An analogy (dog is to puppy as cat is to kitten, or, as it commonly appears on standardized tests, especially in higher grades: dog : puppy :: cat : kitten) is a comparison between two things that are usually thought to be different from each other, but have some similarities. They help us understand things by making connections and seeing relationships between them based on knowledge we already possess. Check out the fun Analogies video lessons above to learn more about them!
Analogies are a ubiquitous staple of standardized tests. This type of comparison plays a significant role not only in improving problem solving and decision making skills, but also in perception and memory, as well as communication and reasoning skills. Learning analogies can help with reading and building vocabulary.
Types of Analogies include:
Synonym (happy : joyful :: sad : depressed)
Antonym (inflation : deflation :: frail : strong)
Characteristic (tropical : hot :: polar : cold)
Part/Whole (finger : hand :: petal : flower)
Degree (mist : fog :: drizzle : tropical storm)
Type (golden retriever : dog :: salmon : fish)
Tool/Worker (pen : writer :: voice : singer)
Action/Object (fly : airplane :: drive : car)
Item/Purpose (knife : cut :: ruler : measure)
Product/Worker (poet : poem :: baker : pie)
Different types of analogies are introduced at different levels. Elementary school analogies may be simple, possibly funny analogies; whereas middle school analogies may focus more on analogical reasoning. Analogies practiced in high school delve even more deeply into analogical problem solving.
Analogy vs. Metaphor
Students often confuse analogies with metaphors. Both are comparisons, often involving unrelated objects, so what IS the difference? An analogy is a parallel comparison between two different things, whereas a metaphor is more of a direct comparison between two things, often with one word being used to symbolically represent another. “All the world’s a stage. And all the men and women merely players.” is an example of a famous metaphor. William Shakespeare is directly comparing the world to a stage, with the people playing ” roles” as they go about their daily lives. A comparible analogy would be “Players are to stage as figure skaters are to ice rink.”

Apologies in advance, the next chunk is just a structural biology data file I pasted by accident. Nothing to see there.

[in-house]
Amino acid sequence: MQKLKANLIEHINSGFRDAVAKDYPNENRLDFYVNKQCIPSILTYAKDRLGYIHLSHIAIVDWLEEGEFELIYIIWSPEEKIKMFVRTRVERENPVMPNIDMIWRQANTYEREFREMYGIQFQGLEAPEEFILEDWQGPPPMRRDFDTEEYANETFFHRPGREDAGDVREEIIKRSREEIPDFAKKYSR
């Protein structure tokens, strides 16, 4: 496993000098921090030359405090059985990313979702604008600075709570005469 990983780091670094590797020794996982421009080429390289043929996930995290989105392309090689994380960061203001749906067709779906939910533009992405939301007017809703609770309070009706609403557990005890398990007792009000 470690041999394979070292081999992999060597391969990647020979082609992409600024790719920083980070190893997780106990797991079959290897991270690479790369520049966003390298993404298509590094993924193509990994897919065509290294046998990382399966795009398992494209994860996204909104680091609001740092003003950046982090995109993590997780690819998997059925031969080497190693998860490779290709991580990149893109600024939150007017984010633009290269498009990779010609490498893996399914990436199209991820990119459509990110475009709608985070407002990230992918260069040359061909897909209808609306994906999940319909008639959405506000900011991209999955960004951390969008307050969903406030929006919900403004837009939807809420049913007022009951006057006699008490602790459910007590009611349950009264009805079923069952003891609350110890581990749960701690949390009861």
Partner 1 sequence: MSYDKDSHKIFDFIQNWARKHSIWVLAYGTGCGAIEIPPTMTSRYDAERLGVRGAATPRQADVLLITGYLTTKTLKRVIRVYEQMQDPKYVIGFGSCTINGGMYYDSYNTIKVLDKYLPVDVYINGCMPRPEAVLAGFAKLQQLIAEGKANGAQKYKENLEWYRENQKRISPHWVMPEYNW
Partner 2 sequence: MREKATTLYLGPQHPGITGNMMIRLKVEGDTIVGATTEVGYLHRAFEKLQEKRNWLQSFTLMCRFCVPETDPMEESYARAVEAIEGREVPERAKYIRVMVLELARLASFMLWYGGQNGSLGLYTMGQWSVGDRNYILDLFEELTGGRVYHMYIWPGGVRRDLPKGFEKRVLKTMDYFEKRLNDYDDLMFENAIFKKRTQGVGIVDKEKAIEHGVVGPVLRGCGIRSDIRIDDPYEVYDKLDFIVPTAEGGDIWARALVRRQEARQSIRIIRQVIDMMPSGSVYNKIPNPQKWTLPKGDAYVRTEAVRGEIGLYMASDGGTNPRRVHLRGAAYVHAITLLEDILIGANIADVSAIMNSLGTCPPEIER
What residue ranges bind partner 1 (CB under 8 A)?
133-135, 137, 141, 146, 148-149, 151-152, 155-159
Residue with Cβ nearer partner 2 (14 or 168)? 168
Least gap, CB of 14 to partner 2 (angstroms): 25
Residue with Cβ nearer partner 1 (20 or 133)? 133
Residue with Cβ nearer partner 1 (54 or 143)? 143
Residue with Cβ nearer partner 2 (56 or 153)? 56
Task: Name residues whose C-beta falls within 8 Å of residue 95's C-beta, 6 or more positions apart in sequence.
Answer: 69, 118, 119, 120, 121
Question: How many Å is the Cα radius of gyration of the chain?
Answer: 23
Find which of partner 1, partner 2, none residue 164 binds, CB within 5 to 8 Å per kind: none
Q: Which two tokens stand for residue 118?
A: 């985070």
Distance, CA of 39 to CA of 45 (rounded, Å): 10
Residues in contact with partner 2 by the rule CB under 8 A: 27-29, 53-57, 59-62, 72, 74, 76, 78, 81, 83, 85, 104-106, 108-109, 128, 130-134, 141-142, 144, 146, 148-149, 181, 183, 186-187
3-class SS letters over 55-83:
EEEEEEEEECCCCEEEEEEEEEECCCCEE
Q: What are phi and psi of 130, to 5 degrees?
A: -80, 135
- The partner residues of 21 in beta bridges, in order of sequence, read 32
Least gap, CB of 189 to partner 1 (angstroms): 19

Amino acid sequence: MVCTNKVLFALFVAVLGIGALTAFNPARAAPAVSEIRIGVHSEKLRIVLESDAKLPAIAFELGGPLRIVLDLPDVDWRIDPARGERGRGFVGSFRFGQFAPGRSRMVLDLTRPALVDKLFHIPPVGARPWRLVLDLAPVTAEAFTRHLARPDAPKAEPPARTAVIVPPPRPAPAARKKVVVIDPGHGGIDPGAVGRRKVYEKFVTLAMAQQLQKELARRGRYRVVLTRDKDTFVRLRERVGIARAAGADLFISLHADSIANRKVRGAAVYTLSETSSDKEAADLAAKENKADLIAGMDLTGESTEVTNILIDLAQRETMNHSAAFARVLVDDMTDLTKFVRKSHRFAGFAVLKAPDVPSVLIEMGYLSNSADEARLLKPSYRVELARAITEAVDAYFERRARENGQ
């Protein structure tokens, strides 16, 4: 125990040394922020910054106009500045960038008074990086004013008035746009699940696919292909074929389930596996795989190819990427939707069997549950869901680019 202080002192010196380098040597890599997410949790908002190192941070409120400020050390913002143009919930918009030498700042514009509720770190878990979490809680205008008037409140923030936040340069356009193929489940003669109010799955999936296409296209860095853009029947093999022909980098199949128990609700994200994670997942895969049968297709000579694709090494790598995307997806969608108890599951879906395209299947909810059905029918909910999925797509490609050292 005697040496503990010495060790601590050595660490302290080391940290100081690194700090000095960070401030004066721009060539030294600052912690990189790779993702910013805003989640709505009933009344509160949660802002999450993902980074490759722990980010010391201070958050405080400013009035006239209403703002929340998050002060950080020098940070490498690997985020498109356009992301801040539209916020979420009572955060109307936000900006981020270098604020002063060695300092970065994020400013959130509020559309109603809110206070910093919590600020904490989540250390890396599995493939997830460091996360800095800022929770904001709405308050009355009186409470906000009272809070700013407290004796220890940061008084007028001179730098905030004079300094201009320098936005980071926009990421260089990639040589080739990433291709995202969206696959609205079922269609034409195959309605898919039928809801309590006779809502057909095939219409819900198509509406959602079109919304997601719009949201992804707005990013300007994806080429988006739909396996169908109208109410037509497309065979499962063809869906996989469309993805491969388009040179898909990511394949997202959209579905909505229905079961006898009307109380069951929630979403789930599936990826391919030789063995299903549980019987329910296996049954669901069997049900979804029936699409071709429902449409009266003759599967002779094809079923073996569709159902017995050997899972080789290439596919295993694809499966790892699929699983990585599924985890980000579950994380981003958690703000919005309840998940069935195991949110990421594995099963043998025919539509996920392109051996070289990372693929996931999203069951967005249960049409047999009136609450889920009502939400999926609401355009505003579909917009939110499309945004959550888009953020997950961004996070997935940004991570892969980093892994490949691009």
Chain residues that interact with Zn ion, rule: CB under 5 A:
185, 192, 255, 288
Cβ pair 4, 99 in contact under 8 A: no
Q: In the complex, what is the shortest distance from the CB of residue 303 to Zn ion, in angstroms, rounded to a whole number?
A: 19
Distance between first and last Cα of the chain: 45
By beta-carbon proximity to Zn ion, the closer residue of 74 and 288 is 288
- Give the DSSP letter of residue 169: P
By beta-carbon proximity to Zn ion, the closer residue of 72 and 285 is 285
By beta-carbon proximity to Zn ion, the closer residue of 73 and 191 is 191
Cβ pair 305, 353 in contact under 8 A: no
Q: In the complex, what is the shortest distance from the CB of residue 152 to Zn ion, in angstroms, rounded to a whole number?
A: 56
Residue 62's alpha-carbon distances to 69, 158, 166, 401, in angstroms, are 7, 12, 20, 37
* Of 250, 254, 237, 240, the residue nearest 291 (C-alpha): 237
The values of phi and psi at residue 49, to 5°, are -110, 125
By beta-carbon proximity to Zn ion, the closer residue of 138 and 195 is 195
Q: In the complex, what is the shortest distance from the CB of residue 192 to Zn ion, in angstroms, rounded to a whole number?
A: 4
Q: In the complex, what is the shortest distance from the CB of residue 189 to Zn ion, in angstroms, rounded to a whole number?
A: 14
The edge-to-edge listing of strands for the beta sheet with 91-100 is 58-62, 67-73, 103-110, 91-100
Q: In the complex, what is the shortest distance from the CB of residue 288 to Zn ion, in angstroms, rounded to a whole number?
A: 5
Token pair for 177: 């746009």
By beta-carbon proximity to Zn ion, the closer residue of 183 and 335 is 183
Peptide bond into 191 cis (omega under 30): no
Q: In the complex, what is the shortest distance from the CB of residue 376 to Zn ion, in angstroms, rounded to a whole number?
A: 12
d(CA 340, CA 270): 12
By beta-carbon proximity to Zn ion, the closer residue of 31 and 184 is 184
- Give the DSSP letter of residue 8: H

Whether the goal is preparing for a standardized test, such as the SAT, or simply increasing one’s communication and reasoning skills, fun online analogies games are an excellent tool for practicing them. Click on the links to the right to play some Analogies games from our sister site Vocabulary Fun, or check out the VocabularySpellingCity games below, each pre-loaded with a list of Analogies at a different grade level! The games below are programmed using the “_ is to _ as _ is to_” format; however, with the ability to customize sentences, you may create Analogies MatchIt Sentences and WhichWord? Sentences games from your own word lists using the “_ : _ :: _ : _” format, if you wish!